[162 Conn.App. 552] " In June, 2008, [the plaintiff] moved into the property with [the defendant]. Although he did not pay the utilities, which increased significantly after he moved in because he worked from home, he was, as [the defendant] described it, 'financially generous,' during their relationship. [The plaintiff] contributed to the expenses of the household and paid for certain work to be done on the house, which [the defendant] could not afford, such as painting, replacing windows, building a closet, remodeling a porch, which [the plaintiff] used as an office. He also purchased a piano as well as a new washer, dryer and dishwasher for the house, as well as contributed to the purchase of a couch and loveseat.

         " From June to December, 2008, the parties' relationship continued to be tumultuous even resulting in violence by [the plaintiff] against [the defendant]. In December, 2008, the parties broke up, but [the plaintiff] refused to move out of the property, creating an intolerable situation for [the defendant] and her daughter, who also lived in the property. In January, 2009, the parties went to counseling where [the plaintiff] presented [the defendant] with a multipage document entitled 'Agreement' in which he claimed to have made significant monetary contributions for improvements to the property during the period of the parties' cohabitation, and that stated that they had orally agreed, at the time [the plaintiff] made the $61,000 payment to [the defendant], that [the plaintiff] would be entitled to a 50 percent interest in the property. The Agreement also provided that [the plaintiff] would remove himself from the property within seventy-two hours of the execution of the Agreement. [The defendant] did not sign the Agreement. [The plaintiff] would not leave the property voluntarily so [the defendant] started eviction proceedings against him in February, 2009. There was another violent confrontation between the parties that month and [the plaintiff] was arrested and a protective order [162 Conn.App. 553] issued against him and he agreed to move out of the property.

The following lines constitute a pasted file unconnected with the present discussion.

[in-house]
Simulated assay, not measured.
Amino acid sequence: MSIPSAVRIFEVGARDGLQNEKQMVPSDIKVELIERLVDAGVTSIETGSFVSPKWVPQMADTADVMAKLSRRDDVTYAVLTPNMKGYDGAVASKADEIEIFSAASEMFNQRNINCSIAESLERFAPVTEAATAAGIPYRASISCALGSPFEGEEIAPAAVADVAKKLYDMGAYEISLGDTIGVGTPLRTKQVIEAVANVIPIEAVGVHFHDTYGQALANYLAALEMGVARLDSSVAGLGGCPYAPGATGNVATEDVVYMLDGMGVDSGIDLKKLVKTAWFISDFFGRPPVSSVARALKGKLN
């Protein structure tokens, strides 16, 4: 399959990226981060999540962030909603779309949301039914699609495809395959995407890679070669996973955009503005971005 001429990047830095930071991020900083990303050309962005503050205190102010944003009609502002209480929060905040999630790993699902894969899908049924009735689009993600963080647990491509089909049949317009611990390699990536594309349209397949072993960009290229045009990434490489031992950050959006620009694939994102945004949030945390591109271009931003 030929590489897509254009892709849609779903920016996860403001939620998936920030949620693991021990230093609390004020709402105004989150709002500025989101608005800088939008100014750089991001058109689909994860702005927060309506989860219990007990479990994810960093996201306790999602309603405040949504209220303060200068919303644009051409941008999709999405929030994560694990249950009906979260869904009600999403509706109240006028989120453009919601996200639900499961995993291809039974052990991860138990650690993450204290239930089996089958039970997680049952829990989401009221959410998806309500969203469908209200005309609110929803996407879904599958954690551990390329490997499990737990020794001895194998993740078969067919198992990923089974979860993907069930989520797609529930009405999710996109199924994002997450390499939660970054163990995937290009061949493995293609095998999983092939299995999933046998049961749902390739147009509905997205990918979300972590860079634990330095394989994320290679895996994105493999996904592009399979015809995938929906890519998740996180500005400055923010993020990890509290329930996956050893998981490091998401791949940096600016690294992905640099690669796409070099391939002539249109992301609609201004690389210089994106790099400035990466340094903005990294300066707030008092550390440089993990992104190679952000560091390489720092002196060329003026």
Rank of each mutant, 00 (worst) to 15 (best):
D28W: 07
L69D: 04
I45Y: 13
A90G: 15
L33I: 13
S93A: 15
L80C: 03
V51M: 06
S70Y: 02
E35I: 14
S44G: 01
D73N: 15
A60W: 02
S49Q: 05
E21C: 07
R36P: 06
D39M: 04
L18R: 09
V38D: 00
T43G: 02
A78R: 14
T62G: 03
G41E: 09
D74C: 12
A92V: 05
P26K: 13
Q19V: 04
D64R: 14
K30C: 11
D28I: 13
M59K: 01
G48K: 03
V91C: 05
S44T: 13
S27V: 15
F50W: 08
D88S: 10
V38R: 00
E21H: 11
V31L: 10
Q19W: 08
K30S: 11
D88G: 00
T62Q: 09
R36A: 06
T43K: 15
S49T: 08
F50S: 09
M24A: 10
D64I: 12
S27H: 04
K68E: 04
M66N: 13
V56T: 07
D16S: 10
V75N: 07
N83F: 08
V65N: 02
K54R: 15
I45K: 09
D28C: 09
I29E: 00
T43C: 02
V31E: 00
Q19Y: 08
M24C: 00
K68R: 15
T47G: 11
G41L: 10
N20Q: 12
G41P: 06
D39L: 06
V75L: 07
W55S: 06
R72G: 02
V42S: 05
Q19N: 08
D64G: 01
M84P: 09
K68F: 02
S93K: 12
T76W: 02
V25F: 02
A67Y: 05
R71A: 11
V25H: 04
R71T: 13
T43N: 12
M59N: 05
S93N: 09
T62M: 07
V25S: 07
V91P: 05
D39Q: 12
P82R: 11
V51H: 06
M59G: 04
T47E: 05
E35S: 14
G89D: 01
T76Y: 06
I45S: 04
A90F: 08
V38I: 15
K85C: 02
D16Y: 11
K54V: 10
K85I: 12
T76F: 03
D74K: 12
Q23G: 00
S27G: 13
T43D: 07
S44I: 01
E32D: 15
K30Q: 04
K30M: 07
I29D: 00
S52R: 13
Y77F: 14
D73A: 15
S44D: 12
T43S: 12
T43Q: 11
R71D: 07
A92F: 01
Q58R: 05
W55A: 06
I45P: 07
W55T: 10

" In July, 2010, [the plaintiff] initiated a small claims action against [the defendant] alleging that she refused to return a bottle of wine, a computer, and a camera he claimed belonged to him. A judgment was entered in favor of [the defendant] on this claim.

         " [The plaintiff] initiated a civil complaint in Superior Court against [the defendant] in July, 2010, and placed a lis pendens on the property. That action was dismissed. In February, 2011, this action was [commenced]. In January and February, 2013, [the plaintiff] made complaints to the town of West Hartford regarding his claim that improvements to the property were made without the proper building permits even though he claimed he paid for them. [The plaintiff] has continued to harass [the defendant] by this and other actions such as coming into her place of employment, parking in front of her house, and contacting her real estate agent claiming that the house is not described properly in a listing."

         In his complaint, the plaintiff alleged that he was entitled to share in the ownership interest in the property by virtue of a resulting trust and that the defendant had been unjustly enriched by the plaintiff's expenditures, renovations, and improvements to the property. The defendant filed a counterclaim alleging, inter alia, slander of title. The court rendered judgment in favor of the defendant on all counts of the complaint ...